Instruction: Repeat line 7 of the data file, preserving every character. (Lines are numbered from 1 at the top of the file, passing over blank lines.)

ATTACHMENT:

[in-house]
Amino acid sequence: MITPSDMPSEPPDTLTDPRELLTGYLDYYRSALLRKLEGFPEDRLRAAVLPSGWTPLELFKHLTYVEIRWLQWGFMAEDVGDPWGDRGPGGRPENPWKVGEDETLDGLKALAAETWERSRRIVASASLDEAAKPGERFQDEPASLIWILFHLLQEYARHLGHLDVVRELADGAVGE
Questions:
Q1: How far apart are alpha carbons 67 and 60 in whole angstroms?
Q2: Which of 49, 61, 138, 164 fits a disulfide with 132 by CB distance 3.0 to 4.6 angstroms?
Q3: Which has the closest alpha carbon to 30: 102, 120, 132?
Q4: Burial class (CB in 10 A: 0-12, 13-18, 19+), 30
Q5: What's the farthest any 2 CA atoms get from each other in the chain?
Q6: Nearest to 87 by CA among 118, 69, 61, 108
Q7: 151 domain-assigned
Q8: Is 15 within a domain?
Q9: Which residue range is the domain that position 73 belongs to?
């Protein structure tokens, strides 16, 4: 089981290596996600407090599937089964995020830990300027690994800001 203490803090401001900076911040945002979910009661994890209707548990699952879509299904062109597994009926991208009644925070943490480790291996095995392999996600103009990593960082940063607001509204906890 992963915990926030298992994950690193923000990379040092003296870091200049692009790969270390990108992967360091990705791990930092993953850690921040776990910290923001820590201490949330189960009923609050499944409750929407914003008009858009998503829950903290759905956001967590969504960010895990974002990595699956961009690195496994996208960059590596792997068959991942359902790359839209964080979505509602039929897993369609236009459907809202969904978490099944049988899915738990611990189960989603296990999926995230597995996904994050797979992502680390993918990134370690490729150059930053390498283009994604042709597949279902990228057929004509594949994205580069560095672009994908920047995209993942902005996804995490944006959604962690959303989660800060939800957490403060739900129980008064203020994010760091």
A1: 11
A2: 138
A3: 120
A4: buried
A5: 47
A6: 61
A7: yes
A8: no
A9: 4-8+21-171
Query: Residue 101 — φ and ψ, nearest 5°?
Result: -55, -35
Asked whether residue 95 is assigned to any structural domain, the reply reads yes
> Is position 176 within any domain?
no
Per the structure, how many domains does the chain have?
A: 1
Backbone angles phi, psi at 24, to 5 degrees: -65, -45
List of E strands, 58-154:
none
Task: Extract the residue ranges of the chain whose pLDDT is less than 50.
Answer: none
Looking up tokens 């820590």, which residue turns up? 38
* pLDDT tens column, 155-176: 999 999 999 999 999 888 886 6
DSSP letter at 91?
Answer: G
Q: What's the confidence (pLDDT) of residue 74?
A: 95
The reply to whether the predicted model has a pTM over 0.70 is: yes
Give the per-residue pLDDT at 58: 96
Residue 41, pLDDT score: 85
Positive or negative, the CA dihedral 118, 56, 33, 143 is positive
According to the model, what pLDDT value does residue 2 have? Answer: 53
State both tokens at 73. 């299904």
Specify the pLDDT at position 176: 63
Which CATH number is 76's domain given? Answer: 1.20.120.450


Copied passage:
Q4: Burial class (CB in 10 A: 0-12, 13-18, 19+), 30